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Holiday retail sales projected to rise 3%

When did the 2011 holiday shopping season start?

Did it happen when holiday items appeared on store shelves before Halloween?

Did it happen Nov. 1 when stores started their holiday discounts?

Did it happen Saturday when Wal-Mart held its Super Saturday with Black Friday-like deals?

Or did it start last year when you went to the stores on Dec. 26 to take advantage of sales and then shopped year-round?

From my perspective, the date came shortly before Halloween, when a Krispy Kreme building for Christmas villages went on sale at a popular big box retailer.

I knew if I didn't buy that moment, that inventory of miniature doughnut emporiums would be long gone within a week, must less by Christmas. The sign said "hot" and so was the deal.

Mark that purchase as the first of several for my contribution to meet the expected $250 billion nationally in fall holiday sales. It's the second straight season where holiday sales are projected to increase, rising 3 percent over last year, according to the International Council on Shopping Centers.

The council says the 2011 season should be a "moderately healthy performance."

Predictions for Black Friday - the post-Thanksgiving shopping day - are equally impressive.

On that day, 212 million people are expected to go shopping, spending $39 billion, an average of $365.34 per person. That estimate is from Shopper Trak, the largest provider of retail foot traffic information - everything but the number of sore feet.

And, that's only for people shopping in stores. It does not include online sales that day.

Others predict this will be the year of the discount. Style, quality and customer service won't count, some say. According to Citi Investment Research & Analysis, 64 percent of those recently surveyed said they need discounts of between 30 to 50 percent before they'll buy. Last year, the number was 54 percent.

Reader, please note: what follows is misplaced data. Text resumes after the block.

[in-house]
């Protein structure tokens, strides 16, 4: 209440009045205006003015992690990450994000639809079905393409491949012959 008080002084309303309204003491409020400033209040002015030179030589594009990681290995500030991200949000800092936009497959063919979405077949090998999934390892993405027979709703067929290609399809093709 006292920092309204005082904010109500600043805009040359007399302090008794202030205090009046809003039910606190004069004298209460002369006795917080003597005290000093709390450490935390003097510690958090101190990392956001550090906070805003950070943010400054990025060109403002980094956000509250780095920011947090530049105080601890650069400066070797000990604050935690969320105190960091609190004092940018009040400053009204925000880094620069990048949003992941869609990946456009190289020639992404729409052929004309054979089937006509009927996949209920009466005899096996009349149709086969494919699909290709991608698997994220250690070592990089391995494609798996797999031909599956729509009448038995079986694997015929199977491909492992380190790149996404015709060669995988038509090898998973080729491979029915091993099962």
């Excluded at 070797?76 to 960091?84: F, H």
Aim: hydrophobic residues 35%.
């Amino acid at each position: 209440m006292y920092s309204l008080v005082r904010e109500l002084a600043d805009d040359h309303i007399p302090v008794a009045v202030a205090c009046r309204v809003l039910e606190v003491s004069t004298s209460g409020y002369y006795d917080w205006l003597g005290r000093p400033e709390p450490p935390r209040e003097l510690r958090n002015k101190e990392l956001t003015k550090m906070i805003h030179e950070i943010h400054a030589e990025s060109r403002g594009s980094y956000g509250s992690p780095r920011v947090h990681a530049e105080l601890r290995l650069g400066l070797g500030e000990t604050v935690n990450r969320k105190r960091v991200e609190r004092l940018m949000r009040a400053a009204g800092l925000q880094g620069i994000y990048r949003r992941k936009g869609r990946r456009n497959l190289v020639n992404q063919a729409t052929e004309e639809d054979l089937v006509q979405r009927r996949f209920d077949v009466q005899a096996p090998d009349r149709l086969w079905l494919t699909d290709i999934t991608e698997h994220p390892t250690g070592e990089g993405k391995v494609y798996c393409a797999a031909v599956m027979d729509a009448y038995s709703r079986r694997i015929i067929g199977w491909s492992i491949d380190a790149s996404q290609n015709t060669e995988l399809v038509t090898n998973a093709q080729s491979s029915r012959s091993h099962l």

Shopping this season may require a change in habits.

Major retailers are announcing they'll open at midnight when Thanksgiving turns into Black Friday. The retailers include Wal-Mart, Target and Kohl's, which have stores in Rock Hill. Toys R Us and Macy's, just up in the interstate in Pineville, N.C., are also opening at midnight. Other stores may follow their lead.

Predictions suggest online sales will be significantly up this year. Shoppers are encouraged to go online to scout Black Friday deals. Why wake up early if you can shop from your computer?

What is your Black Friday strategy? For all the talk that its importance has diminished, it's still one of - if not the - leading shopping days of the year. And it's not just that Friday; it's really the a four-day span that includes Small Business Saturday, a yet-to-be-named Sunday and Cyber Monday.

Will you be out early in the morning hunting for the best deal on a computer tablet? This is the first year there has been competition among tablets, and there could be some deals out there.

Will you be hit the toy sections for radio-controlled flying sharks and clown fishes? Will you be rockin' with Elmo or searching for ultimate Star Wars light sabers?

Will be shopping for yourself or your kids? Toys R Us is bringing back its iconic jingle this season. Remember "I don't want to grow up. I'm a Toys R Us kid"?

Many of the iconic toys of your childhood are still in the toy aisle, but with different packaging and different names. The Easy Bake Oven is now the Easy Bake Microwave. And you can still make Creepy Crawlers.

Do you have a favorite local haunt where you do your post-Thanksgiving shopping?

Email me with your holiday shopping plans. Is shopping on Black Friday a family tradition? What will be in your shopping cart or bag? What's the best nonmajor retailer to shop at?

Or will you stay at home and replay the Macy's Thanksgiving Day parade, hitting fast forward to listen to the Nation Ford band?

Send emails to dworthington@heraldonline.com with "Thanksgiving shopping" in the subject line. Responses will be shared in future columns.

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